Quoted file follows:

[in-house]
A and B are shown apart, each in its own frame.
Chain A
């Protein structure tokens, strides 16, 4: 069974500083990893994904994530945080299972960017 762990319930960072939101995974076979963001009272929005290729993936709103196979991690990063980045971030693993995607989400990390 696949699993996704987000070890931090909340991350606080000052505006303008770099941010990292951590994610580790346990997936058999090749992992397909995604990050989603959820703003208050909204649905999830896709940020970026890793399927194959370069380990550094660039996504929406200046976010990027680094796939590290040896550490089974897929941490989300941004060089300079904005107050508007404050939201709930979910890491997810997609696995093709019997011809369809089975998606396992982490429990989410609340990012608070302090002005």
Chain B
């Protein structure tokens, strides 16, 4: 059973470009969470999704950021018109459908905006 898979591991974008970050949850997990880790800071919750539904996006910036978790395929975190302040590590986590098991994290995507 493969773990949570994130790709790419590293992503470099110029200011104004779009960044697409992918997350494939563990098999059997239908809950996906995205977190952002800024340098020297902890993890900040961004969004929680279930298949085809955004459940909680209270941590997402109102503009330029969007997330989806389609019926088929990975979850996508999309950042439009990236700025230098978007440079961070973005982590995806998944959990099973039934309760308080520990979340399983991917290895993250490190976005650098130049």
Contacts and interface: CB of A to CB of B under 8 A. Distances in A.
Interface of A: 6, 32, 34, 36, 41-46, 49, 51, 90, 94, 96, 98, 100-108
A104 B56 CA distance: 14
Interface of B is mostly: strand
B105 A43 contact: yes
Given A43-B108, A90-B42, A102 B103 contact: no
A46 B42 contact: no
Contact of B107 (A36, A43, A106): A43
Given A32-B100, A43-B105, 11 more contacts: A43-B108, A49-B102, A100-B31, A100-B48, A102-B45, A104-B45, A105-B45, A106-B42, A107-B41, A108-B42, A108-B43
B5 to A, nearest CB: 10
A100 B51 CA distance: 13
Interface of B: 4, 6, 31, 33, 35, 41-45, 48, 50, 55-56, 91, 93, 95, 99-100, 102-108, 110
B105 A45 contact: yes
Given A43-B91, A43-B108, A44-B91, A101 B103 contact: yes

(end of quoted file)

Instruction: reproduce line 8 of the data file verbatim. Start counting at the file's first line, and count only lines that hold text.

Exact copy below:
Interface of A: 6, 32, 34, 36, 41-46, 49, 51, 90, 94, 96, 98, 100-108